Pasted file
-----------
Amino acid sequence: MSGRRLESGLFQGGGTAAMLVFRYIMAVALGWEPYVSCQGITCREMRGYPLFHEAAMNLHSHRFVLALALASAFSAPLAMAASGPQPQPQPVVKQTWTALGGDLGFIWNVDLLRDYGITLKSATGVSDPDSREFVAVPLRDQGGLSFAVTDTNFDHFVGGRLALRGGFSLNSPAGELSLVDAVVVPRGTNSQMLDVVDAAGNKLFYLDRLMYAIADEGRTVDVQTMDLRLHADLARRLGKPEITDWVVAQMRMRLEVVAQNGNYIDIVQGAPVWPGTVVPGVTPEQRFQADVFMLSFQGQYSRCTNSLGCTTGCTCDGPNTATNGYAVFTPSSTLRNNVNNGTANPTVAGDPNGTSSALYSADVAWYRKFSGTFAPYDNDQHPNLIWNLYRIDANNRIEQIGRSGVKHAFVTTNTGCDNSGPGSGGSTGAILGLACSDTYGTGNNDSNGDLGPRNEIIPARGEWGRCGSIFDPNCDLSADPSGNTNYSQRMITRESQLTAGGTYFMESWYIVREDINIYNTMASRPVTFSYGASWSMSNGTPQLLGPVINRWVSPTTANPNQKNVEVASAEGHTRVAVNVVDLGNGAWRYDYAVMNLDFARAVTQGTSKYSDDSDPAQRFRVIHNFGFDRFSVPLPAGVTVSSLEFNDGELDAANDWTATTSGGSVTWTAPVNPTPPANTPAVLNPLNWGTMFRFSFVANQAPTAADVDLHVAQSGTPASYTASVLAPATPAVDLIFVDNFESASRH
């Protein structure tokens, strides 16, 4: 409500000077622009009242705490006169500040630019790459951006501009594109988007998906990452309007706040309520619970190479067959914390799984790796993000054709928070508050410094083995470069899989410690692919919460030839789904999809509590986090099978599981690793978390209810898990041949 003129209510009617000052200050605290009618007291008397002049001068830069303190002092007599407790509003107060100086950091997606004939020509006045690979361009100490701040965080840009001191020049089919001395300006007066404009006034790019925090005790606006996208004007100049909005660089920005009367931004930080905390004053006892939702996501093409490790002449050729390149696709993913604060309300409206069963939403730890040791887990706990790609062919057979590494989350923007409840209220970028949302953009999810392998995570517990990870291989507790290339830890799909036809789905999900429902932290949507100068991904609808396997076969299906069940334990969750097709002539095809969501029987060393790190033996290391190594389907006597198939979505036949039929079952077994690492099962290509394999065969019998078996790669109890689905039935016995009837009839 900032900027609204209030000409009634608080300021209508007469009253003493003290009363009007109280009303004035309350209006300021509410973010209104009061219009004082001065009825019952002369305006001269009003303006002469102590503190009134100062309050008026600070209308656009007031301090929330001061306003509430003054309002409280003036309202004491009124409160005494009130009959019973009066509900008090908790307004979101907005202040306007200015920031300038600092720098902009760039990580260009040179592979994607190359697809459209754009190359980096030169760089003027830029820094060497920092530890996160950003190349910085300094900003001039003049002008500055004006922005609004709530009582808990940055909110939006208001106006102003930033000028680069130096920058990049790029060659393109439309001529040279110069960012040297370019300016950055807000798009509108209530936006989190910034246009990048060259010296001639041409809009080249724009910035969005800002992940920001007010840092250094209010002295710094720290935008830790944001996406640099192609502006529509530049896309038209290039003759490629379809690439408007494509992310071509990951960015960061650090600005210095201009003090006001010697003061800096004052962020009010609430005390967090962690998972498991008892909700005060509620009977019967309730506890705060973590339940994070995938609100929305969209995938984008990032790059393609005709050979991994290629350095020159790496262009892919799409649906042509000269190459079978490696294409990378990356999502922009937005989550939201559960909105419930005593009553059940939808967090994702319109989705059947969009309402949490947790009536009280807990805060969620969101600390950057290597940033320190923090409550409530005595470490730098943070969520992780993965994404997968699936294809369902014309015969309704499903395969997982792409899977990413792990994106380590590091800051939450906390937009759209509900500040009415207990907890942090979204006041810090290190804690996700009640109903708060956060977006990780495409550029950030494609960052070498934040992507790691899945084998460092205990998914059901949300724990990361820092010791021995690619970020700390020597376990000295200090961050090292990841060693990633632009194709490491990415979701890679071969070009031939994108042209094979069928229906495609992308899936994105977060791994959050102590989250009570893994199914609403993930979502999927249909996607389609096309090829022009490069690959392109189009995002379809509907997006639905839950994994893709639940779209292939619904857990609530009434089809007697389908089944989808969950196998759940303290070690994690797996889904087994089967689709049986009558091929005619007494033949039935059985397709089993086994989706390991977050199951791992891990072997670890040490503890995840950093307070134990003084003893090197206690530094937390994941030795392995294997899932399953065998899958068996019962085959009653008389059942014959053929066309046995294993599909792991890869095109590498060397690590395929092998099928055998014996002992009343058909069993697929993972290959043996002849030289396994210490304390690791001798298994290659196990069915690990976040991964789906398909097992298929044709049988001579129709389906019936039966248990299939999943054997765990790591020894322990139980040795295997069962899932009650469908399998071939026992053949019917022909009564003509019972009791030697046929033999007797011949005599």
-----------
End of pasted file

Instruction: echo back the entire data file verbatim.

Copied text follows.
Amino acid sequence: MSGRRLESGLFQGGGTAAMLVFRYIMAVALGWEPYVSCQGITCREMRGYPLFHEAAMNLHSHRFVLALALASAFSAPLAMAASGPQPQPQPVVKQTWTALGGDLGFIWNVDLLRDYGITLKSATGVSDPDSREFVAVPLRDQGGLSFAVTDTNFDHFVGGRLALRGGFSLNSPAGELSLVDAVVVPRGTNSQMLDVVDAAGNKLFYLDRLMYAIADEGRTVDVQTMDLRLHADLARRLGKPEITDWVVAQMRMRLEVVAQNGNYIDIVQGAPVWPGTVVPGVTPEQRFQADVFMLSFQGQYSRCTNSLGCTTGCTCDGPNTATNGYAVFTPSSTLRNNVNNGTANPTVAGDPNGTSSALYSADVAWYRKFSGTFAPYDNDQHPNLIWNLYRIDANNRIEQIGRSGVKHAFVTTNTGCDNSGPGSGGSTGAILGLACSDTYGTGNNDSNGDLGPRNEIIPARGEWGRCGSIFDPNCDLSADPSGNTNYSQRMITRESQLTAGGTYFMESWYIVREDINIYNTMASRPVTFSYGASWSMSNGTPQLLGPVINRWVSPTTANPNQKNVEVASAEGHTRVAVNVVDLGNGAWRYDYAVMNLDFARAVTQGTSKYSDDSDPAQRFRVIHNFGFDRFSVPLPAGVTVSSLEFNDGELDAANDWTATTSGGSVTWTAPVNPTPPANTPAVLNPLNWGTMFRFSFVANQAPTAADVDLHVAQSGTPASYTASVLAPATPAVDLIFVDNFESASRH
């Protein structure tokens, strides 16, 4: 409500000077622009009242705490006169500040630019790459951006501009594109988007998906990452309007706040309520619970190479067959914390799984790796993000054709928070508050410094083995470069899989410690692919919460030839789904999809509590986090099978599981690793978390209810898990041949 003129209510009617000052200050605290009618007291008397002049001068830069303190002092007599407790509003107060100086950091997606004939020509006045690979361009100490701040965080840009001191020049089919001395300006007066404009006034790019925090005790606006996208004007100049909005660089920005009367931004930080905390004053006892939702996501093409490790002449050729390149696709993913604060309300409206069963939403730890040791887990706990790609062919057979590494989350923007409840209220970028949302953009999810392998995570517990990870291989507790290339830890799909036809789905999900429902932290949507100068991904609808396997076969299906069940334990969750097709002539095809969501029987060393790190033996290391190594389907006597198939979505036949039929079952077994690492099962290509394999065969019998078996790669109890689905039935016995009837009839 900032900027609204209030000409009634608080300021209508007469009253003493003290009363009007109280009303004035309350209006300021509410973010209104009061219009004082001065009825019952002369305006001269009003303006002469102590503190009134100062309050008026600070209308656009007031301090929330001061306003509430003054309002409280003036309202004491009124409160005494009130009959019973009066509900008090908790307004979101907005202040306007200015920031300038600092720098902009760039990580260009040179592979994607190359697809459209754009190359980096030169760089003027830029820094060497920092530890996160950003190349910085300094900003001039003049002008500055004006922005609004709530009582808990940055909110939006208001106006102003930033000028680069130096920058990049790029060659393109439309001529040279110069960012040297370019300016950055807000798009509108209530936006989190910034246009990048060259010296001639041409809009080249724009910035969005800002992940920001007010840092250094209010002295710094720290935008830790944001996406640099192609502006529509530049896309038209290039003759490629379809690439408007494509992310071509990951960015960061650090600005210095201009003090006001010697003061800096004052962020009010609430005390967090962690998972498991008892909700005060509620009977019967309730506890705060973590339940994070995938609100929305969209995938984008990032790059393609005709050979991994290629350095020159790496262009892919799409649906042509000269190459079978490696294409990378990356999502922009937005989550939201559960909105419930005593009553059940939808967090994702319109989705059947969009309402949490947790009536009280807990805060969620969101600390950057290597940033320190923090409550409530005595470490730098943070969520992780993965994404997968699936294809369902014309015969309704499903395969997982792409899977990413792990994106380590590091800051939450906390937009759209509900500040009415207990907890942090979204006041810090290190804690996700009640109903708060956060977006990780495409550029950030494609960052070498934040992507790691899945084998460092205990998914059901949300724990990361820092010791021995690619970020700390020597376990000295200090961050090292990841060693990633632009194709490491990415979701890679071969070009031939994108042209094979069928229906495609992308899936994105977060791994959050102590989250009570893994199914609403993930979502999927249909996607389609096309090829022009490069690959392109189009995002379809509907997006639905839950994994893709639940779209292939619904857990609530009434089809007697389908089944989808969950196998759940303290070690994690797996889904087994089967689709049986009558091929005619007494033949039935059985397709089993086994989706390991977050199951791992891990072997670890040490503890995840950093307070134990003084003893090197206690530094937390994941030795392995294997899932399953065998899958068996019962085959009653008389059942014959053929066309046995294993599909792991890869095109590498060397690590395929092998099928055998014996002992009343058909069993697929993972290959043996002849030289396994210490304390690791001798298994290659196990069915690990976040991964789906398909097992298929044709049988001579129709389906019936039966248990299939999943054997765990790591020894322990139980040795295997069962899932009650469908399998071939026992053949019917022909009564003509019972009791030697046929033999007797011949005599």